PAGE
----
Recent research carried out by UK estate agent Hamptons International reveals that nearly three in five (59%) London-based landlords purchased their buy-to-let property outside the capital during the last 12 months.
London landlords would historically purchase investment properties near where they lived. In 2010 just 1 in 4 (25%) London-based landlords purchased their buy-to-let outside the capital, with 75% investing in London. However this is now changing with many London landlords now opting to purchase outside of the capital.
One of the main reasons for this is the increase in landlord taxation. It has now been 3 years since the introduction of the stamp duty surcharge for second homeowners, this additional tax has meant that a landlord buying in London during the last 12 months faced a £24,600 stamp duty bill on average, compared to £5,330 for an investor buying outside the capital.
An average stamp duty bill for an investor buying in London is now £11,760 more compared to pre-stamp duty changes (Q1 2016), but only £3,910 higher for an investor purchasing outside London.
As a result of bigger stamp duty taxes and an increase in property prices, a record proportion of London property investors have headed North to purchase buy-to-lets. 34% of London-based investors bought buy-to-lets in the Midlands and North during the last 12 months, up from just 14% in 2015 and 4% in 2010 (Table 1). The East Midlands and Yorkshire & Humber saw the greatest increase following the stamp duty surcharge introduction, with 6% more London landlords buying investment properties in those regions than in 2015.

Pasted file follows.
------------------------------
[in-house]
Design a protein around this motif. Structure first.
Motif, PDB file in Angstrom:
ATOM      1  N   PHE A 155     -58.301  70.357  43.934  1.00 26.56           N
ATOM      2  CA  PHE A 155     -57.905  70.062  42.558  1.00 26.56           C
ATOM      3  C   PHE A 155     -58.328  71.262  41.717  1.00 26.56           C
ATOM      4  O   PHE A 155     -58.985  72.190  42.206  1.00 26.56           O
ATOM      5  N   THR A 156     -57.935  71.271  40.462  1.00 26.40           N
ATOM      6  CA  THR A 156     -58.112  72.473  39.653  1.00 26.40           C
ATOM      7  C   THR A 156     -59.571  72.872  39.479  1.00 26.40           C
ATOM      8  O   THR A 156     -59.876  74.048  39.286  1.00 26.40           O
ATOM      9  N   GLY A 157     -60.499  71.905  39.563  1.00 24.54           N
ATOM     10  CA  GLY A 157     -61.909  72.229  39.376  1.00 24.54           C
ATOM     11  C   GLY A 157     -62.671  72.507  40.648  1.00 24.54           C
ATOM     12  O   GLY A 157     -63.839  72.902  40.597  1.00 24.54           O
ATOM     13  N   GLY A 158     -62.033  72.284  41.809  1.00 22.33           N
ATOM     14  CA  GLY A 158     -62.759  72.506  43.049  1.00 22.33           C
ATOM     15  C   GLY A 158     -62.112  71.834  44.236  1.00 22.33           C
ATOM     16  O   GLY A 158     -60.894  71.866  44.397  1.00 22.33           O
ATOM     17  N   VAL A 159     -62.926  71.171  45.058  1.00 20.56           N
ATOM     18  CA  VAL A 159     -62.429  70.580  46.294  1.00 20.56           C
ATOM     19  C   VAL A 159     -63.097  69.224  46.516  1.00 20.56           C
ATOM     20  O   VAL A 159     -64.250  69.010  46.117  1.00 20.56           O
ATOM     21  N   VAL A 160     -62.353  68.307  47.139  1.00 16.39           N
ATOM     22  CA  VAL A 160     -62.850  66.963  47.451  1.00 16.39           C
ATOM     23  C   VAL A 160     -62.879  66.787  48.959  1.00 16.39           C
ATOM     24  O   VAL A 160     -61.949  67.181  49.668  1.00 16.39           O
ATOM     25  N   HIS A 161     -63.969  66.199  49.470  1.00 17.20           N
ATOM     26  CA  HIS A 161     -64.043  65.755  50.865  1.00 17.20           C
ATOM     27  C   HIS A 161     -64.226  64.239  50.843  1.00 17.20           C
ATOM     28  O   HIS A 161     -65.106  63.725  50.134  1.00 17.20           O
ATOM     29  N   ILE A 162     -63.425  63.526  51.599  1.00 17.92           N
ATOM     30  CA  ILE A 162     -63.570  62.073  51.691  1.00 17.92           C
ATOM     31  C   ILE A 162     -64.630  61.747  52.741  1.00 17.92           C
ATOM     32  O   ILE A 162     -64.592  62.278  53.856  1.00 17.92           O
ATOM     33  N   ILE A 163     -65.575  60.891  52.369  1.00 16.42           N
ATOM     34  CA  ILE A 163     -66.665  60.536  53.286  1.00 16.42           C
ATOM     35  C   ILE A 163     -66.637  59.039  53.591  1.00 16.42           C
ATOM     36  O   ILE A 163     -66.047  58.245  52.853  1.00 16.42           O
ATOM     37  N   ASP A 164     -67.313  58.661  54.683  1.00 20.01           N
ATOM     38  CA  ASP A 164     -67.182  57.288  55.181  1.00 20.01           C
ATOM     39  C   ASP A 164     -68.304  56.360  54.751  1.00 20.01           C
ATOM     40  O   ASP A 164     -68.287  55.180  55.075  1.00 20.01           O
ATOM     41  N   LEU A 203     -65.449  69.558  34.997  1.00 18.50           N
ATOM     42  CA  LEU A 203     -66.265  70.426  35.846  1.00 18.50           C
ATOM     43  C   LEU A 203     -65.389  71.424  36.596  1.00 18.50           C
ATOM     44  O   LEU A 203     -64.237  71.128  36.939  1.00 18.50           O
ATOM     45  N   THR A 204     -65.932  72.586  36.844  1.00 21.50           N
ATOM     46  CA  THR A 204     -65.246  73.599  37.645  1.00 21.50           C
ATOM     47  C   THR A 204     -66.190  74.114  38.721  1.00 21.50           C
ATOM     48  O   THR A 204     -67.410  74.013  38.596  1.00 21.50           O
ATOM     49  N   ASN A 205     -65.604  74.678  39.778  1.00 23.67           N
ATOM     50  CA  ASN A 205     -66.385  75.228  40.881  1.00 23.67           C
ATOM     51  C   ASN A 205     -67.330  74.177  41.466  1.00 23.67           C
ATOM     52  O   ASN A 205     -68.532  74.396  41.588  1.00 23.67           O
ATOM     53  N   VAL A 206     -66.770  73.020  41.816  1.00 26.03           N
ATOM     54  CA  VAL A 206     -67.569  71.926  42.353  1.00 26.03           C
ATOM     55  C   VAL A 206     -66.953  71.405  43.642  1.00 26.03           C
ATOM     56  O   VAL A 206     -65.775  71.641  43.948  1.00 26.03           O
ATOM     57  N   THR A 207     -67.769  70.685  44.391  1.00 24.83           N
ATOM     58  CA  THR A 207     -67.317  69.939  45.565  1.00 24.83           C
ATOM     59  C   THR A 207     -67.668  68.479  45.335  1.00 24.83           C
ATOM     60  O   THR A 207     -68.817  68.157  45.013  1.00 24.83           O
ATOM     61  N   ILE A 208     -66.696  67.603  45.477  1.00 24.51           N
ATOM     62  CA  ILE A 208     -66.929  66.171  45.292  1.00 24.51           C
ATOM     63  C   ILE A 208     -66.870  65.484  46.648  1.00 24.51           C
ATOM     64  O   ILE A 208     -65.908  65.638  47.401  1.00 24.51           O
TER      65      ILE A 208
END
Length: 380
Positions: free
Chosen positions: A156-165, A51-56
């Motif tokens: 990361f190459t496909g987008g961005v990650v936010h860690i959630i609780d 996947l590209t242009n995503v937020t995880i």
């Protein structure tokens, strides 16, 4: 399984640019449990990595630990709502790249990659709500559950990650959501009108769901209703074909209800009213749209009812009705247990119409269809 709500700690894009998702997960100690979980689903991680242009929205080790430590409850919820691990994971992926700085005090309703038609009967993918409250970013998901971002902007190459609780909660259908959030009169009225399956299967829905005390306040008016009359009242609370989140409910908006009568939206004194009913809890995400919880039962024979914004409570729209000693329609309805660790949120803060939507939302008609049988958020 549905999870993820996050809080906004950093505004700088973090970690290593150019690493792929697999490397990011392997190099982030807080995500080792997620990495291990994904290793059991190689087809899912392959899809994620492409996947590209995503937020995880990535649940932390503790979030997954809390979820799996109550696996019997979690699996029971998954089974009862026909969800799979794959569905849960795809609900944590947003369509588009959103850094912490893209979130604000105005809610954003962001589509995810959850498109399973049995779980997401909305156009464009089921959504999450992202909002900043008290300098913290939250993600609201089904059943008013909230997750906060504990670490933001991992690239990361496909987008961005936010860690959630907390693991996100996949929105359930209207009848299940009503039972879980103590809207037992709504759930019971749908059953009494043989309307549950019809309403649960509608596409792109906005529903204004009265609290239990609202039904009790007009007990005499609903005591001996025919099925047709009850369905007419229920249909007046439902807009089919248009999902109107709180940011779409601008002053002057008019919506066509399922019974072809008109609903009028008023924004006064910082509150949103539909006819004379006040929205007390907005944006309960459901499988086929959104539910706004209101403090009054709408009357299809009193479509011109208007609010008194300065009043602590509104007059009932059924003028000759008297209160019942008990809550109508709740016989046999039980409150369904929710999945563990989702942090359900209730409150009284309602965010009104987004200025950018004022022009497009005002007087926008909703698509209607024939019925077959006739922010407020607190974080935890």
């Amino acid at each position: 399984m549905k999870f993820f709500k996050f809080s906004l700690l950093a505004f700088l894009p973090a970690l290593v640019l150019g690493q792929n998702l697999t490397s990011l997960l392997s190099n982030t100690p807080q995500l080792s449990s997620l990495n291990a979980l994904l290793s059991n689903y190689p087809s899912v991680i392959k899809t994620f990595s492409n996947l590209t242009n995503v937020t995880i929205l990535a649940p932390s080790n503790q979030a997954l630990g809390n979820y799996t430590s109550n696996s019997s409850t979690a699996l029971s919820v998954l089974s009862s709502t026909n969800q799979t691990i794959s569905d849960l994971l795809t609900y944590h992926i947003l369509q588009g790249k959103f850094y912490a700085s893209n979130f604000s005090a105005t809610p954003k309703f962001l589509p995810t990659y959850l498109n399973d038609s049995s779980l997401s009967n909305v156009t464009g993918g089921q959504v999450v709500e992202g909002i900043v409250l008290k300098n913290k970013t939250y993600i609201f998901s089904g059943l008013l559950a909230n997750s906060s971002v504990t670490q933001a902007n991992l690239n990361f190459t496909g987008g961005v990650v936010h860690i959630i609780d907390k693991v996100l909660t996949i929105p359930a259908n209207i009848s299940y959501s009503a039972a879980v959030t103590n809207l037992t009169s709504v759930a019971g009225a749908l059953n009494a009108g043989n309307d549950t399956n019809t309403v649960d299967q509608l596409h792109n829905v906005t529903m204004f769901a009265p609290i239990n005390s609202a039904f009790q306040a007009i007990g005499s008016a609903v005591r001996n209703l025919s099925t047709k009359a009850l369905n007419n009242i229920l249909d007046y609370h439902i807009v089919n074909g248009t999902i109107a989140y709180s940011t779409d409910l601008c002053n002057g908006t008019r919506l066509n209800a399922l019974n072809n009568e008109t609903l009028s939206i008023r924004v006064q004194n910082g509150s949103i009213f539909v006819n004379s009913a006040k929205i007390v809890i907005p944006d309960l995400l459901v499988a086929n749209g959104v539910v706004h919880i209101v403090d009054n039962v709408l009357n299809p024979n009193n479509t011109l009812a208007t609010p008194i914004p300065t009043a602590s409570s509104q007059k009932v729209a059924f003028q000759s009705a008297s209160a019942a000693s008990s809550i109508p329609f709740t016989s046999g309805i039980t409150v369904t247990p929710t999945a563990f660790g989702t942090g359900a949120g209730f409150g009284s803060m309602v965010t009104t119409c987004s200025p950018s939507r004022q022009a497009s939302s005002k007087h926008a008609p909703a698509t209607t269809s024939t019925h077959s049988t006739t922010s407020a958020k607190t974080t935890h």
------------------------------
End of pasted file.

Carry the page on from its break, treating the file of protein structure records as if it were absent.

The South East remains the most popular destination for London-based landlords purchasing buy-to-lets outside the capital. 11% of London-based landlords purchased their buy-to-lets in the South East over the last 12 months, 2% fewer than in 2015 (Table 1). Dartford is the most popular destination for London-based landlords in the South East. Landlords living in London bought 60% of buy-to-lets in Dartford during the last 12 months.
Commenting Aneisha Beveridge, Head of Research at Hamptons International, said:
“April marks the three year anniversary of the stamp duty surcharge introduction for second homeowners. Following the tax hike, landlords have been adapting their strategy to find new ways to make their returns. Lower entry costs and higher yields outside of the capital are enticing investors to look further afield than they have previously.
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